PRINCETON, Ind. (AP) — Toyota announced Tuesday that it will boost SUV production at an Indiana factory with a $600 million investment the company says will add 400 jobs.
The company said it will retool and buy new equipment for the Princeton assembly plant in southwestern Indiana, which will allow the factory to produce 40,000 more Highlanders a year when the project is finished in the fall of 2019.
The announcement came just after President Donald Trump met with CEOs of the Detroit automakers to demand that new factories be built in the U.S. Toyota says the investment was planned before the election and is not related to Trump.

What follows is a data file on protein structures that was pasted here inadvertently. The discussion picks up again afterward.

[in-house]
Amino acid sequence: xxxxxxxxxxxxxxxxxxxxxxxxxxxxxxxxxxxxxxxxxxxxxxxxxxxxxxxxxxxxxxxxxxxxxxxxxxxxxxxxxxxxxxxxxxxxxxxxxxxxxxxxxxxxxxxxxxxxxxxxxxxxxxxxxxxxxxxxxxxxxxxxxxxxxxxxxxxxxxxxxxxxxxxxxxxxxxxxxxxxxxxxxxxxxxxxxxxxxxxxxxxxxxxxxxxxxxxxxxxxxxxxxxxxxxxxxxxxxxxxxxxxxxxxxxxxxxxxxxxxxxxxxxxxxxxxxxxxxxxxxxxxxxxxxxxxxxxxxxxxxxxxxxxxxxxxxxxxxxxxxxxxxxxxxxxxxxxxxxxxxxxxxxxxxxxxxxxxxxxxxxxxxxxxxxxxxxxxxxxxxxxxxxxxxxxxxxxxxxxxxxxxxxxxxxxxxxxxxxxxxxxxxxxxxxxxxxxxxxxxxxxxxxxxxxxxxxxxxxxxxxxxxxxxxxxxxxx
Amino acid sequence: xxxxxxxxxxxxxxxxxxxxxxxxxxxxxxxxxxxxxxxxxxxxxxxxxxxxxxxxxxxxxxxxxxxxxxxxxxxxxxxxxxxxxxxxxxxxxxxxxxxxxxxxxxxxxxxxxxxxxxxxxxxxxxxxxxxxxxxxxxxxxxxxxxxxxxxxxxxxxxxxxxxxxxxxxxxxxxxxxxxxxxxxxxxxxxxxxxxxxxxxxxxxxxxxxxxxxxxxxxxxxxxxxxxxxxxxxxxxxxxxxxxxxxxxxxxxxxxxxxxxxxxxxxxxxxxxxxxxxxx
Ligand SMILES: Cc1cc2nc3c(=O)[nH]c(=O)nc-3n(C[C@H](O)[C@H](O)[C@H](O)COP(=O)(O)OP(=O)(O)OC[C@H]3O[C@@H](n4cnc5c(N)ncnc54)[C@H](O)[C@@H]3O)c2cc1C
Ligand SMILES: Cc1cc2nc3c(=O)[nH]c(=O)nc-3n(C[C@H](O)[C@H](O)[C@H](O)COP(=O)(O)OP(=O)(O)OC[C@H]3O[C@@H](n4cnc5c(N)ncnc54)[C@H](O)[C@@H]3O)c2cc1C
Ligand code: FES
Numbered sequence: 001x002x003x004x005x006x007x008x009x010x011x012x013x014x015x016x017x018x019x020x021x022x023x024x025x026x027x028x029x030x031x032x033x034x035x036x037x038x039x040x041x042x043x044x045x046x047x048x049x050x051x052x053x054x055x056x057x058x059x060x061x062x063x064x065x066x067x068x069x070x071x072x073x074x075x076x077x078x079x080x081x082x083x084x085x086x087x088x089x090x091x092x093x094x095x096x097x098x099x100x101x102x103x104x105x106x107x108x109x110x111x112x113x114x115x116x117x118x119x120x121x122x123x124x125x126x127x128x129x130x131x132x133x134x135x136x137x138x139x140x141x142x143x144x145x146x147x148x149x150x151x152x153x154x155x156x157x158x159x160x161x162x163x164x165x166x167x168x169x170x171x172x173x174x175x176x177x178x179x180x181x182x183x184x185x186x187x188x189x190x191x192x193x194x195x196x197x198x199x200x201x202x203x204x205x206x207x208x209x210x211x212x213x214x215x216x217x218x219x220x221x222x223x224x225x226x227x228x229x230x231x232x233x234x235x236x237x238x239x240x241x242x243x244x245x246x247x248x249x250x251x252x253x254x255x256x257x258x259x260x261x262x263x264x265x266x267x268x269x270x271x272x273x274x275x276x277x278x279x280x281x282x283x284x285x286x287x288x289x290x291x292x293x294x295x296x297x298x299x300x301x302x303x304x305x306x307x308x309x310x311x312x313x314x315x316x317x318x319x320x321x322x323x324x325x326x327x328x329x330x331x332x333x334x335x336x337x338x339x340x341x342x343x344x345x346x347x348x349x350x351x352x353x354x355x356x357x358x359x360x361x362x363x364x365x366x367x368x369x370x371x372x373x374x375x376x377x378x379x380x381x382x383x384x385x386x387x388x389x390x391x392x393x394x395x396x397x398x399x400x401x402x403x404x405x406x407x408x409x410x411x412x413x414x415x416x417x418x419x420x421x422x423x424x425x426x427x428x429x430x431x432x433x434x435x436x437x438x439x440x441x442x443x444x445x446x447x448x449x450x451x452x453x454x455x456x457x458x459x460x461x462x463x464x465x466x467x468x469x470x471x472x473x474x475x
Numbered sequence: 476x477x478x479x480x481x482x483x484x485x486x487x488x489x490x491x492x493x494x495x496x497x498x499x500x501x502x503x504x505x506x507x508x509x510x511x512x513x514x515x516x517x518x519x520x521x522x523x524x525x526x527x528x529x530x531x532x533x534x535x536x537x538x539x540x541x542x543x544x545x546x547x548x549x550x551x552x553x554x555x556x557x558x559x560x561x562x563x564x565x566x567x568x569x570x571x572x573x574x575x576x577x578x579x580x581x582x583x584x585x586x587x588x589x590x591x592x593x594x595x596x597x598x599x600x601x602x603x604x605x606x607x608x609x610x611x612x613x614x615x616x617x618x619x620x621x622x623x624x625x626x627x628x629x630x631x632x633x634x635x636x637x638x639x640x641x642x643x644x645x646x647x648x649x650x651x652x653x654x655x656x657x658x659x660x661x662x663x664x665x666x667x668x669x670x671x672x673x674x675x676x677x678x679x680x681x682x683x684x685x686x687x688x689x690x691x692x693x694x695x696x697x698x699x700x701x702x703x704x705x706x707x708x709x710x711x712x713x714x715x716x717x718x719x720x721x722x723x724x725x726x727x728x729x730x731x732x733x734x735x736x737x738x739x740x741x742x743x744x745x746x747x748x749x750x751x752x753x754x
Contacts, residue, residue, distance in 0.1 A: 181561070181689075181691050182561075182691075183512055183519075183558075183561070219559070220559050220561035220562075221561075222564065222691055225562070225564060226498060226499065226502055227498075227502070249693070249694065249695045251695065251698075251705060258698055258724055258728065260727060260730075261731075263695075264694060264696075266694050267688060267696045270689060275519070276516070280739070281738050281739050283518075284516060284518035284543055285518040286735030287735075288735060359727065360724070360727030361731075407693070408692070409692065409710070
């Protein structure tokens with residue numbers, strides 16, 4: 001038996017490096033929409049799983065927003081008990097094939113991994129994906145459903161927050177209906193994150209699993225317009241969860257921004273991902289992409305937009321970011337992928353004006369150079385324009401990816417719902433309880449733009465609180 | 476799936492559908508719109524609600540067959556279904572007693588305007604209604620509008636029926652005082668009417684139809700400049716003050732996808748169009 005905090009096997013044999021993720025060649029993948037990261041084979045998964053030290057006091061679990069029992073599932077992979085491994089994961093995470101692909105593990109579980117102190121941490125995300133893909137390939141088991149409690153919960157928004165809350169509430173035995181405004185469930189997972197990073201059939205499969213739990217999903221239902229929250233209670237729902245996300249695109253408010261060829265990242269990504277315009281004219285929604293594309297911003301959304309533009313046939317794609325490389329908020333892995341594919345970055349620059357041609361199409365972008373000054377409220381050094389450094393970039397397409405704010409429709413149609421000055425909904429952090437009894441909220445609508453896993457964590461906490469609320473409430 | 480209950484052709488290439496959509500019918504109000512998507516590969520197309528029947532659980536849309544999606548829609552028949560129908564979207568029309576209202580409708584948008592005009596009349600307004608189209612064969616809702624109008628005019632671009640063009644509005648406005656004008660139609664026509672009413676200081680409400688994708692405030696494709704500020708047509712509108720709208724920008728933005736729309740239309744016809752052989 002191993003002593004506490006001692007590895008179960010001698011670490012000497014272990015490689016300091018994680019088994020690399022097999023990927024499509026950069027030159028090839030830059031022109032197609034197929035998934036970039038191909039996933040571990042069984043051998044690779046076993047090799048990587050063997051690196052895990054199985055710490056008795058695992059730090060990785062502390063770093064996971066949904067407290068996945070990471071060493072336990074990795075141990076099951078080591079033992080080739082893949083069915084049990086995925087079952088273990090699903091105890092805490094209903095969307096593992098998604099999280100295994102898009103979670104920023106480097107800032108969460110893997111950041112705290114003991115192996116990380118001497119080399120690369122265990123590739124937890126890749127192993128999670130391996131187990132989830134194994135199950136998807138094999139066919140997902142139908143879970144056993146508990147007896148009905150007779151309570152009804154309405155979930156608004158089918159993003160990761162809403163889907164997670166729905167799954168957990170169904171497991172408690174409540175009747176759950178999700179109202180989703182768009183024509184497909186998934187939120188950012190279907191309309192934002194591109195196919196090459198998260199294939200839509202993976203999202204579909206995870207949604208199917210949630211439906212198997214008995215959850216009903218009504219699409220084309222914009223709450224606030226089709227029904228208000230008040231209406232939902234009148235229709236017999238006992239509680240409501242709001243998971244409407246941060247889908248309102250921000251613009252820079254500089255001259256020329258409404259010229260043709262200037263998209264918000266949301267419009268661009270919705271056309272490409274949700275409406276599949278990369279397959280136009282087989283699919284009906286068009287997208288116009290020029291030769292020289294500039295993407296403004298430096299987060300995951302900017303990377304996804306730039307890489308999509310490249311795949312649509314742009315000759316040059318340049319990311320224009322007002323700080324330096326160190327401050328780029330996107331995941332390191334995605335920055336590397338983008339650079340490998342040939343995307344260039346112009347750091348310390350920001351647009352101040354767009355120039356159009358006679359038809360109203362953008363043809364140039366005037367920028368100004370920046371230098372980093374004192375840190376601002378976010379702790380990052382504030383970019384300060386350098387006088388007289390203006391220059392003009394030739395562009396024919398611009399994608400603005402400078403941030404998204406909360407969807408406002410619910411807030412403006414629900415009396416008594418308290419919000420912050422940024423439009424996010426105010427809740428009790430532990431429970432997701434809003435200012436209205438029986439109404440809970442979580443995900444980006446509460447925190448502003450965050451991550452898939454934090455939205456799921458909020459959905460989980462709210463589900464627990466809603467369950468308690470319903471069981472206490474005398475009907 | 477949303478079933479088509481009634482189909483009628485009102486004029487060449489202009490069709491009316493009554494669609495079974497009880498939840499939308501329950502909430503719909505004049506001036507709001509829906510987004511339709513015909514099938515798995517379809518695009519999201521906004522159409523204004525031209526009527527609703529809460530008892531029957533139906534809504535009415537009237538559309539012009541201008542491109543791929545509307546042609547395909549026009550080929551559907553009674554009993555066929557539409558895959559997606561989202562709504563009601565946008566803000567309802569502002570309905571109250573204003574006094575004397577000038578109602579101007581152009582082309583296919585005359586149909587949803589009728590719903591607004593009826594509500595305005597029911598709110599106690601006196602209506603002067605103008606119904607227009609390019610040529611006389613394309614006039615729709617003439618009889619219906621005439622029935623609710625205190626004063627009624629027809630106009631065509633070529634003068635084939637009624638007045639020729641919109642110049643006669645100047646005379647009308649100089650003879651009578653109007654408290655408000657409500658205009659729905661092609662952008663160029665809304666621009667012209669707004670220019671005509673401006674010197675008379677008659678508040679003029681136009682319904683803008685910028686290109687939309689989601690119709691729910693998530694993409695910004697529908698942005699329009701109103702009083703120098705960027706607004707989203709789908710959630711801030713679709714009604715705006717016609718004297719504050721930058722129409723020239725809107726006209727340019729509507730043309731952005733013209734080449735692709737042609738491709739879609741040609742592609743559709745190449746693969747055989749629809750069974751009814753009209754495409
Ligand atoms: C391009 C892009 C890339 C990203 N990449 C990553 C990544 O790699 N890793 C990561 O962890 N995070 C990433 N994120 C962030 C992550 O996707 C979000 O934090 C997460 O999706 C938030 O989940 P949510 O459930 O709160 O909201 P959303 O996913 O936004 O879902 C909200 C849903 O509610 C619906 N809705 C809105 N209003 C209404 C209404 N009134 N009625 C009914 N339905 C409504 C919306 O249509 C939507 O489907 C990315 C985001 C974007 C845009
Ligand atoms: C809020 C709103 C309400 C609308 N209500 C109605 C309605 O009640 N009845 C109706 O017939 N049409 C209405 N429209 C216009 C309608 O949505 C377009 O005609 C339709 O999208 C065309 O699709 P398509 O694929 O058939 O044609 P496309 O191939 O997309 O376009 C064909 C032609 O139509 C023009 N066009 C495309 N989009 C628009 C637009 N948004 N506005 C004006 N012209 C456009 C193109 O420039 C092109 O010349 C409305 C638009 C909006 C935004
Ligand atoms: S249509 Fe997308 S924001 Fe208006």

The Princeton project is part of Toyota's plan to invest $10 billion in the U.S. over the next five years.
Toyota's move to increase Highlander production follows a jump of more than 20 percent in U.S. sales of the SUV last year to just more than 191,000.
Toyota opened the Princeton factory in 1998. The plant now has about 5,000 workers and also builds Sequoia SUVs and Sienna minivans. The plant built about 400,000 vehicles last year, up from about 375,000 during 2015, according to the company.
Toyota Indiana President Millie Marshall said the project was a sign of the company's commitment.
"Over the next three years, we will updating our plant, bringing in advanced technologies to set us up for a very bright future," she said.
Toyota has expanded the plant about 25 miles north of Evansville several times, most recently with a $100 million project announced in 2014 to boost Highlander production.